Minnich: That is correct. We also worked on fortification of bread with iron.

Brodman: Yes, I noticed that. I want to know if that was the only nutrition study in your whole bibliography?

Minnich: Iron absorption is actually nutrition. So it really was not such a bad jump from home economics to hematology because, after all, nutrition is reflected in the blood counts.

Brodman: Yes, except whenever we think of dieticians we think of the food rather than the blood.

Minnich: When I went to Ohio State I was told really that I should not be a dietician because I would have to meet too many people.

Brodman: Why is that bad?

Minnich: Well, because my face was scarred from the burn I had at age four. You can’t disassociate my career from the burn at four. This is why I came to St. Louis to see Dr. Vilray Blair.

Brodman: Do you think they would have thought that today or was that just a condition of the 1920s?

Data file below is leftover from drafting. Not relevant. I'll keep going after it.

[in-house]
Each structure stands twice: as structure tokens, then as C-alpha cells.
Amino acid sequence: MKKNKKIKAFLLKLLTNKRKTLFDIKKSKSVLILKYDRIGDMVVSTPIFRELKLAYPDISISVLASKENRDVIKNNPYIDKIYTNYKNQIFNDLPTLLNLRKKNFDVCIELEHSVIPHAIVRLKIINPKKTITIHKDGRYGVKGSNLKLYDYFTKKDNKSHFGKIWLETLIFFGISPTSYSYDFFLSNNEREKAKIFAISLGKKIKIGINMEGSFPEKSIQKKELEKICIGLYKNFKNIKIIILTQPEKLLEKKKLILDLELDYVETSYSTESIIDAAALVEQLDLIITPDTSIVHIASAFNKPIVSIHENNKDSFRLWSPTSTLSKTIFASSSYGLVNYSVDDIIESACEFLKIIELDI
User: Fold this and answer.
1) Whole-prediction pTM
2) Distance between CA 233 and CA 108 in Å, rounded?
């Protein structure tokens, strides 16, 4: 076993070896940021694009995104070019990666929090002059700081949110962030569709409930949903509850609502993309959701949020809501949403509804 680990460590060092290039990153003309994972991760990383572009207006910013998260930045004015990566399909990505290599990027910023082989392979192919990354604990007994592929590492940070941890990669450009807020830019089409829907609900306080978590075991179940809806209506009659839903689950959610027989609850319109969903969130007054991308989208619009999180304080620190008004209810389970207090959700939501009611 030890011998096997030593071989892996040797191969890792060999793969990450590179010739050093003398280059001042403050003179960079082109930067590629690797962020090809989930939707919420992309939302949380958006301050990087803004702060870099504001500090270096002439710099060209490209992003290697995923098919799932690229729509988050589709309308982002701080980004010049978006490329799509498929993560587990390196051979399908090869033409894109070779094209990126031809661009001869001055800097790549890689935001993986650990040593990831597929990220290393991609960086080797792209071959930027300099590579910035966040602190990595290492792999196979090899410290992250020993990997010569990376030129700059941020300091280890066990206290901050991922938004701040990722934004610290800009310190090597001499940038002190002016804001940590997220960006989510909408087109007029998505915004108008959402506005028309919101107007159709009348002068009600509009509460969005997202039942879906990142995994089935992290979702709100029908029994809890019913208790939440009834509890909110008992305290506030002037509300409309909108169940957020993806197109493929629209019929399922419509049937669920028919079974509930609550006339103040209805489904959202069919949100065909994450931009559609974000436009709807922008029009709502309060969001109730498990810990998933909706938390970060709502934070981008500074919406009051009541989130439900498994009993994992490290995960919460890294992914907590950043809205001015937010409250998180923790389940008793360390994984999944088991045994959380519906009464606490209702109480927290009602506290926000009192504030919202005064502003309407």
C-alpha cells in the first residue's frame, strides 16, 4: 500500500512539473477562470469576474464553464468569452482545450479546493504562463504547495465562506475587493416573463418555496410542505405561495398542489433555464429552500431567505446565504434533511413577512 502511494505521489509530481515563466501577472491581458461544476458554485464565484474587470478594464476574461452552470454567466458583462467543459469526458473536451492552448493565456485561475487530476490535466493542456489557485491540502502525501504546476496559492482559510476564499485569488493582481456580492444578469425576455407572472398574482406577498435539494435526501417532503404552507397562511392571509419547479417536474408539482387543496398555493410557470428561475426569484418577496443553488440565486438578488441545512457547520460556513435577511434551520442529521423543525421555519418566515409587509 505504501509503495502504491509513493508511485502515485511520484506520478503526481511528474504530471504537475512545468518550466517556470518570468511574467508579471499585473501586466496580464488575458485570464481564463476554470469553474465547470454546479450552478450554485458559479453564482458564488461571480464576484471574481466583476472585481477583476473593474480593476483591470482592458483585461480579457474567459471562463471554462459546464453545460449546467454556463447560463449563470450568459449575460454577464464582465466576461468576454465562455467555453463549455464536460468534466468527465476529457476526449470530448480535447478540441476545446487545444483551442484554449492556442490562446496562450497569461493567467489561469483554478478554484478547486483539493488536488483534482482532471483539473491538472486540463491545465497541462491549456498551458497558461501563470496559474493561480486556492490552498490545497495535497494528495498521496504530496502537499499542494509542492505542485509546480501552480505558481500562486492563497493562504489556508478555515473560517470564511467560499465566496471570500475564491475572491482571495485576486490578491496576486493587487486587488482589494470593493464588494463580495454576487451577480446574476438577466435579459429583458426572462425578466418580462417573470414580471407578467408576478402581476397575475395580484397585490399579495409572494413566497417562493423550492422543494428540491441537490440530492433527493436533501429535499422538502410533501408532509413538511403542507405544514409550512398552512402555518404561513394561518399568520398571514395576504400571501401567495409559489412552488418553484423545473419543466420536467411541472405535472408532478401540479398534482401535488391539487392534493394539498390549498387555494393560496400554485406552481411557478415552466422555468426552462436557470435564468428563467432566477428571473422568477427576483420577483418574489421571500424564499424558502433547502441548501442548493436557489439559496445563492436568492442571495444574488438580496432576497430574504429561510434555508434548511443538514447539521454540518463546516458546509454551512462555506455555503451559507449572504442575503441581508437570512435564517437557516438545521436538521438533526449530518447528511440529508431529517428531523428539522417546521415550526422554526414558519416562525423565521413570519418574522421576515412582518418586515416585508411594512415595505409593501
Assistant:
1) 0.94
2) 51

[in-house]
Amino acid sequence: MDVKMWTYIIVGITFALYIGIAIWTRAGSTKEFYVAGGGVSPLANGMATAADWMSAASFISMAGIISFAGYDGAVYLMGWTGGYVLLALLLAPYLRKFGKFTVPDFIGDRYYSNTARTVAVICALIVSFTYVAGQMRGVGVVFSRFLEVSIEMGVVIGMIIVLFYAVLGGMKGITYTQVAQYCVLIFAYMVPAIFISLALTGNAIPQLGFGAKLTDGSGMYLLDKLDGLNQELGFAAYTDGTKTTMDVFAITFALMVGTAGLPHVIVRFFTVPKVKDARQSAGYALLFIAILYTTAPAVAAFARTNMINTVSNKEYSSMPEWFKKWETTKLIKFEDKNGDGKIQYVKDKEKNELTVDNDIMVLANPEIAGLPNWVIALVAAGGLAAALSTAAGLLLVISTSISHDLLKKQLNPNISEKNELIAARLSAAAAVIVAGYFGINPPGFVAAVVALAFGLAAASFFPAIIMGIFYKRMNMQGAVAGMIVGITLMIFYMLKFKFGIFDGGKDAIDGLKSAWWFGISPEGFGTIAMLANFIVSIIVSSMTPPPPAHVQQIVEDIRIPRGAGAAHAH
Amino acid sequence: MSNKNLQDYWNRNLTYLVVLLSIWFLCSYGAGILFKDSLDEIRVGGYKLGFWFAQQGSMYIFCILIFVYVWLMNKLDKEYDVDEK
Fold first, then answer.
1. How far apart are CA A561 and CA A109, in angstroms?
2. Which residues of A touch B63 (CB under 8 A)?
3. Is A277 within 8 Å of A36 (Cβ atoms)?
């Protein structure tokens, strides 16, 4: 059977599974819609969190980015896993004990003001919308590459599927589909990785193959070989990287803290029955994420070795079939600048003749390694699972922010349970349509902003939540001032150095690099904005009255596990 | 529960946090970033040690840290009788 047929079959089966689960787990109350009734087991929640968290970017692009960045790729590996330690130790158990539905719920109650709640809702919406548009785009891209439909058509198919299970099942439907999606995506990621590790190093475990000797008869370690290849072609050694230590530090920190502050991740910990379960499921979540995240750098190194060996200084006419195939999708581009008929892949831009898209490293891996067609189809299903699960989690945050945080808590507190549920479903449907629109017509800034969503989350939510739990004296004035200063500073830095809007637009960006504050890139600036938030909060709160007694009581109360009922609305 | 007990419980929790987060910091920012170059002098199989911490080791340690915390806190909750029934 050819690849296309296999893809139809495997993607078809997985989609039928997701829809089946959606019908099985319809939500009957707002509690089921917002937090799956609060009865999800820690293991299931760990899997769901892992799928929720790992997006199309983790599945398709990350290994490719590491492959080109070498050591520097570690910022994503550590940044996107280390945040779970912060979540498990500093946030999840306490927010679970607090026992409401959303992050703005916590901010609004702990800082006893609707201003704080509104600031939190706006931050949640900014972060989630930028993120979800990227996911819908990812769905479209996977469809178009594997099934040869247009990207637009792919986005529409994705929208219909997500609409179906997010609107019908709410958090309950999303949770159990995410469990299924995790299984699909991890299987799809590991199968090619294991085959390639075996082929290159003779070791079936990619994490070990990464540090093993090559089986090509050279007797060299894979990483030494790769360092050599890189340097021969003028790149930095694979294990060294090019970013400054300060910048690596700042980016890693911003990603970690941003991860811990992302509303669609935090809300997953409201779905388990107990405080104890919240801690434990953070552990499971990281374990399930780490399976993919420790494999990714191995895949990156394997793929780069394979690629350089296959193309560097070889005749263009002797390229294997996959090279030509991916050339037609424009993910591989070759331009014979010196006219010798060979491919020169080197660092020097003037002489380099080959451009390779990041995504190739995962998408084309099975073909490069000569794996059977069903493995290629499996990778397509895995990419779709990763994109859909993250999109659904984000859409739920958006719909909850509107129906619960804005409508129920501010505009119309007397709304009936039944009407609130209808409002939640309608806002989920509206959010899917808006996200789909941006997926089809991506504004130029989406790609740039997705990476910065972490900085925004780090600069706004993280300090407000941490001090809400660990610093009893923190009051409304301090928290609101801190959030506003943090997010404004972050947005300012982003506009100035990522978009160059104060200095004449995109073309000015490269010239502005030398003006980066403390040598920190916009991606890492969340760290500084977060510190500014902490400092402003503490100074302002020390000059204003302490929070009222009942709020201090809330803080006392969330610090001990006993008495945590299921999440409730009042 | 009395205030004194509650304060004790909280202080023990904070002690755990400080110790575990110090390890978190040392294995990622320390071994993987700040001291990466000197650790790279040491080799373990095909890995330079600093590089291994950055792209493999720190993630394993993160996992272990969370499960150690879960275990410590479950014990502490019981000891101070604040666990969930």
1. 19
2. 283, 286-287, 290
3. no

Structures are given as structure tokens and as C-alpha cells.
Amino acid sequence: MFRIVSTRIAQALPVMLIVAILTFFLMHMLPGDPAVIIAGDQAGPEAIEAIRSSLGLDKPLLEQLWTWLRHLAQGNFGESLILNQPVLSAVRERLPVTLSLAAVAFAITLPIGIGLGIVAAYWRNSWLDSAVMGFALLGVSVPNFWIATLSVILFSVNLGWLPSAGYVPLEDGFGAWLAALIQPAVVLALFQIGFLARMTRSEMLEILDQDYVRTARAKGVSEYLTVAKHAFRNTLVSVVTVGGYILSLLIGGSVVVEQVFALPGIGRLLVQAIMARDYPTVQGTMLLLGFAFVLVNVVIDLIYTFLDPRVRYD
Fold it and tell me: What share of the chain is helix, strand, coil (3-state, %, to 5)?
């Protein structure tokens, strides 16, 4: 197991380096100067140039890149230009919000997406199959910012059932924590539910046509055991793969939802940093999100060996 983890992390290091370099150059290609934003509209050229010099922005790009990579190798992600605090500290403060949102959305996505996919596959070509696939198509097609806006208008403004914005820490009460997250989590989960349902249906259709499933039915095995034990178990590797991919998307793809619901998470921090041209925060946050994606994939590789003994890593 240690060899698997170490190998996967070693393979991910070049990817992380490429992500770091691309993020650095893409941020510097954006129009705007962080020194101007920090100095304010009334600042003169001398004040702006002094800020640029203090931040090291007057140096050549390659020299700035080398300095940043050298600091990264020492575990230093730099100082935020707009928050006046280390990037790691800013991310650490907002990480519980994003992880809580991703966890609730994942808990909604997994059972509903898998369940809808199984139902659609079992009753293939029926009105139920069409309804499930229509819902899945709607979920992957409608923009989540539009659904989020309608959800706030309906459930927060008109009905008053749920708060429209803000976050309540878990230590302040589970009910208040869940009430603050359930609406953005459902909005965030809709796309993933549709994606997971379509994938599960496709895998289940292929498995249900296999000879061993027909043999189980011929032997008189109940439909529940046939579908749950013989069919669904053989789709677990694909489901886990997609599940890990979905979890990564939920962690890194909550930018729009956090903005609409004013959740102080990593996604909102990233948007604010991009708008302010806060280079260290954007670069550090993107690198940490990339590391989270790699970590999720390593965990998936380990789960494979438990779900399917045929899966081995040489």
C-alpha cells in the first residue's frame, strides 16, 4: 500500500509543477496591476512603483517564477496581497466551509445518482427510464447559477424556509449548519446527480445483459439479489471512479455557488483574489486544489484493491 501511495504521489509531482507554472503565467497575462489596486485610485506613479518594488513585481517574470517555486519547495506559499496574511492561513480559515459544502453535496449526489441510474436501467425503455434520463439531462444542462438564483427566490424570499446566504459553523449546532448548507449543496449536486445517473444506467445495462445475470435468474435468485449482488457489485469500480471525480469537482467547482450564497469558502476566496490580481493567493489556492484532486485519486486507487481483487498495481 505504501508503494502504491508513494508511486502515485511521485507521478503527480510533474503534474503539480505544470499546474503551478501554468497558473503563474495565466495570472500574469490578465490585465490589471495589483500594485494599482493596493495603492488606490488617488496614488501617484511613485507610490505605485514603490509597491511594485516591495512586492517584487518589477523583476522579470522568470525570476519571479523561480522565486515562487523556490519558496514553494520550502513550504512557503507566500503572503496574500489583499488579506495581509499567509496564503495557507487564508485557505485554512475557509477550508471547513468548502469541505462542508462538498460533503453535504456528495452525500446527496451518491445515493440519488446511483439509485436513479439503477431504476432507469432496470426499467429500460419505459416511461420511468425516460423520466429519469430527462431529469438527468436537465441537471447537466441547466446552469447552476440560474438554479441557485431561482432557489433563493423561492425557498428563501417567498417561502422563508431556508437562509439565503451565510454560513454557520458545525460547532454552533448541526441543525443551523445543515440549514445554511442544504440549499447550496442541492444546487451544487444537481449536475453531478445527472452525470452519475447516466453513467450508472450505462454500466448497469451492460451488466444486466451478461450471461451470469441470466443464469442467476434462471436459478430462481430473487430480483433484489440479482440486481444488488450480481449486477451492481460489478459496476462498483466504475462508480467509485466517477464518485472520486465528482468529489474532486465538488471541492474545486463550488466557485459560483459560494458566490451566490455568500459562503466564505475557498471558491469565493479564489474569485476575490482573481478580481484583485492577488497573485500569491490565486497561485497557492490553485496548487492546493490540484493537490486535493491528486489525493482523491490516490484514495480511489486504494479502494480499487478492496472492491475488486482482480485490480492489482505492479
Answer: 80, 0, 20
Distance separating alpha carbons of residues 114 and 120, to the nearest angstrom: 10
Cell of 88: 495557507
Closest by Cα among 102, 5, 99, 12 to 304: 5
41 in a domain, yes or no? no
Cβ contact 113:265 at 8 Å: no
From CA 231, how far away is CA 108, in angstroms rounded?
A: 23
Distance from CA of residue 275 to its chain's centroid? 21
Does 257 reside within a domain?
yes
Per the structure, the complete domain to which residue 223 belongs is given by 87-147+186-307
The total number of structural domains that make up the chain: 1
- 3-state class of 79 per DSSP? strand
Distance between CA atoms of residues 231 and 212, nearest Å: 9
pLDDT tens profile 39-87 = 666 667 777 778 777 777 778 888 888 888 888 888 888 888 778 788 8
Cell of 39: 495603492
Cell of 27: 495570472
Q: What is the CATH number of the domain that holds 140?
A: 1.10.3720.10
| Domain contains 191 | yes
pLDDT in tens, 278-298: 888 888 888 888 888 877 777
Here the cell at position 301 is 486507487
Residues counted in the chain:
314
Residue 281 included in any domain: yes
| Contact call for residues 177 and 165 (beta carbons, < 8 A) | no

Minnich: I think it was a condition of the 1920s. I don’t think it would mean so much today.

Brodman: Has it bothered you since, or have you gotten over it?

Minnich: I hardly think about it now. Of course when I was young, I did. Also, they told me I should not be a dietician. This is really why I went into research. But goodness, I met as many people in hematology.

Brodman: I am amazed at the number of people with whom you wrote articles.

Minnich: No patient ever questioned me. So I don’t think it would have made any difference; even if I had been a nurse, I think it would have been all right.

Brodman: It probably would have helped you in understanding the traumas that other people have with illness.

Minnich: Yes, but at that time it was better than being hidden at home.

Brodman: I should say. This is one of the reasons they often think people ought to go into libraries – because they are not good with people.